A cruel irony, Crowcroft said, is that as seniors are more healthy and active than those in generations before, they may not think to get the vaccines recommended for their age group.

“They’re busy, out doing things, volunteering … enjoying life,” she said.

But a bad bout of pneumonia or shingles can rob seniors of independence and push them into a “vicious cycle of frailty,” she said.

According to the latest data available from the Public Health Agency of Canada, only 58 per cent of people age 65 and over reported having had the pneumococcal vaccine. Only 28 per cent of adults 50 years of age and over reported having receiving a shingles vaccine.

Crowcroft and her team at the University of Toronto are in the midst of a study to examine whether improving those vaccination rates will help “prevent people who were otherwise healthy from deteriorating and becoming really quite frail.”

What vaccines do I need as an adult?

Make sure you had your childhood shots for:

  • Measles, mumps and rubella (MMR).
  • Polio.

From age nine up to age 45:

  • Human Papillomavirus (HPV): The vaccine prevents several types of cervical cancer. It can be given as early as age nine and up to age 45.

At 24 years of age or younger:

  • Meningococcal (meningitis).

As an adult (all ages):

  • Tetanus and diphtheria: Booster shot every 10 years. Vaccines for both are now given together. Check to make sure your last tetanus vaccination included diphtheria protection.
  • Pertussis (whooping cough): One dose as an adult and during each pregnancy.

Seasonal (every year because the strain of influenza changes):

  • Flu shot.

If you think you’re among the minority of people who didn’t have chicken pox as a child (your doctor can check with a blood test):

  • Varicella (chicken pox).

For seniors:

  • Shingles (vaccine can be given as early as age 50, definitely recommended at age 60 and over): Shingles causes not only a rash, but excruciating pain. Nerve damage is sometimes permanent.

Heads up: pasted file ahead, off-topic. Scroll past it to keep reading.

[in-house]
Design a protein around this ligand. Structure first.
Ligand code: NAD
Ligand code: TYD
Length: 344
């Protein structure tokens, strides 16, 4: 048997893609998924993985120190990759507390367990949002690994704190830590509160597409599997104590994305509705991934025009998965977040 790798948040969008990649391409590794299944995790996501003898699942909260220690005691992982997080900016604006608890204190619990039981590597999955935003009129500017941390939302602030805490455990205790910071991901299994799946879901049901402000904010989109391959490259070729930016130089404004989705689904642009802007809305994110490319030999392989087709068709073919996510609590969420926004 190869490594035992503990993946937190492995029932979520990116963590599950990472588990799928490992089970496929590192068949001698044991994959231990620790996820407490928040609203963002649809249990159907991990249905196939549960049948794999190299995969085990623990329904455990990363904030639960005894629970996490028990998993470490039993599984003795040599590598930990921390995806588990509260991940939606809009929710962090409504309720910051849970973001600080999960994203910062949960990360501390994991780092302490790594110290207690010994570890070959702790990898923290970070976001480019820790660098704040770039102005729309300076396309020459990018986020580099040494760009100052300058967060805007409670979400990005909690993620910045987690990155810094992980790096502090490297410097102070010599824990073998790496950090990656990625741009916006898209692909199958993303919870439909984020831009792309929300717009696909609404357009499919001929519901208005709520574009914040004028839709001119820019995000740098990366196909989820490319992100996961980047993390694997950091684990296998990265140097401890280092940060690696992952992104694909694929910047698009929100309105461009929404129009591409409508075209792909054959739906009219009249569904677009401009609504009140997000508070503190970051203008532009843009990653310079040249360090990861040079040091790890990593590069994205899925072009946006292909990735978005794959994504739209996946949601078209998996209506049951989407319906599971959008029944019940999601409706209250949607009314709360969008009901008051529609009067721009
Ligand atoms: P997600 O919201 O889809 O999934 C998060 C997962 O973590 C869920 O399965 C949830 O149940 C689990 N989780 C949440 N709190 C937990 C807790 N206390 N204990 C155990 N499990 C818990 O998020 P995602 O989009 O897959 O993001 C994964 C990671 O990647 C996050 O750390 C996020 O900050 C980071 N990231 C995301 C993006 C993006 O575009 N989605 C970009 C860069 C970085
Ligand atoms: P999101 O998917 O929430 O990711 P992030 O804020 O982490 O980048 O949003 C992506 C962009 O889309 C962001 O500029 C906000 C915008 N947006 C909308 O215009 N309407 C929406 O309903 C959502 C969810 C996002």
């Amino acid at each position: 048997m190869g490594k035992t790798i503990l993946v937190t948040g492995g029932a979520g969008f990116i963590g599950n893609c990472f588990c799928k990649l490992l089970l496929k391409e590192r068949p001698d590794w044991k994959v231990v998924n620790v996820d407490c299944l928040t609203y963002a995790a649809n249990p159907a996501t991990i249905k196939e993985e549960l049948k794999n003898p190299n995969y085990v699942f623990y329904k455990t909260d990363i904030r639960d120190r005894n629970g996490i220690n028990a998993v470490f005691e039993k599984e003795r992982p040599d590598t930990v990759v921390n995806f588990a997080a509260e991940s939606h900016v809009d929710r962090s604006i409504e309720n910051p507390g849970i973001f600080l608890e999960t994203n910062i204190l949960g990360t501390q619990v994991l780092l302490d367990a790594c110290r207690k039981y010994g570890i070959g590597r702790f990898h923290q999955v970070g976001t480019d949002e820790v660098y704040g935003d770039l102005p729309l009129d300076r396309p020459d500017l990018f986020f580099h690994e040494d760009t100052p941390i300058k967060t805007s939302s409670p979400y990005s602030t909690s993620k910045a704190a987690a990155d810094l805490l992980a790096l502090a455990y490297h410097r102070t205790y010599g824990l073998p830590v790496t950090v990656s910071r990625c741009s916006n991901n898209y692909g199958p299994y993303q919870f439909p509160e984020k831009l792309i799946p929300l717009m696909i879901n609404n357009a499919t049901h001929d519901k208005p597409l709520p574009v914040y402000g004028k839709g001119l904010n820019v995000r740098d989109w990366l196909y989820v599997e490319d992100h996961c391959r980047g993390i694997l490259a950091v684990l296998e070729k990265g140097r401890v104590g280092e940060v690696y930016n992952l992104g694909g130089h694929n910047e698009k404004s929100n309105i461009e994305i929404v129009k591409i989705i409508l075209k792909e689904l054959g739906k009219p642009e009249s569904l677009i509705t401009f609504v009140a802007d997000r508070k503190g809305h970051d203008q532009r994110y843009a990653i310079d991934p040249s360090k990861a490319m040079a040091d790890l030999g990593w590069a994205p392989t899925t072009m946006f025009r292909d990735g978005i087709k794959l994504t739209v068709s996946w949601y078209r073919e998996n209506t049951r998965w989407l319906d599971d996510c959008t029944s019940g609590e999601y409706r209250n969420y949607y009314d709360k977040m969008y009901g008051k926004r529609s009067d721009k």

• Pneumococcal (vaccine recommended for all adults age 65 and over, as well as younger adults with certain chronic conditions or a compromised immune system): Can cause bacterial pneumonia and other invasive infections, including sepsis. Seniors are especially vulnerable.

Other vaccines may be recommended for some adults — talk to your doctor:

  • Hepatitis A.
  • Hepatitis B.
  • Travel vaccines (can include Hepatitis A, Hepatitis B, cholera, meningococcal, Japanese encephalitis, tick-borne encephalitis, rabies, typhoid, yellow fever).                                                                                ​​​​​

(Source: Public Health Agency of Canada)

How to increase vaccination rates for adults

The solution, Crowcroft and Gorfinkel said, lies in a more coordinated approach to tracking vaccinations in a fragmented health-care system, as well as better use of existing technology.

“What we need — and desperately so — are robust provincial and territorial vaccination registries,” Gorfinkel said.

Existing registries are targeted to children, she said, and don’t track adult vaccinations.

In an “ideal world,” she said, such registries could be largely automated.

Health-care providers should be able to scan a patient’s health card, as well as the vaccine, and then transmit that information to the patient’s health record, as well as public health databases, she said.

Electronic technology could also go a step further and send out reminders to people to get their vaccines, Gorfinkel said — whether it’s an email every 10 years to tell patients they’re due for a tetanus and diphtheria booster, or a notification to seniors prompting them to get a shingles vaccination.

Cost is another barrier that needs to be overcome, she said.

Not all vaccines for adults are covered under government health plans — and coverage varies between provinces and territories.

Most provinces and territories don’t cover the cost of shingles vaccinations, which can cost about $200 to $350 — a steep price for many seniors.

Ontario pays for the shingles vaccine Zostavax — but only for seniors between 65 and 70 years of age.

“The 65 to 70 year age range for eligibility is aligned with scientific evidence on the effectiveness of Zostavax and expert recommendations from the National Advisory Committee on Immunization (NACI) and Public Health Ontario,” a spokesperson for Ontario’s Ministry of Health said in an email response to CBC News.

The newer shingles vaccine — Shingrix — is not covered in Ontario.

Gorfinkel and Crowcroft hope that governments at all levels will recognize the value — human and financial — of covering the cost of vaccines for adults.

“Does it make sense to treat [a disease] once you have it? Or does it make more sense to actually provide the vaccination? And the data on this is very clear. The vaccination wins, hands down,” Gorfinkel said.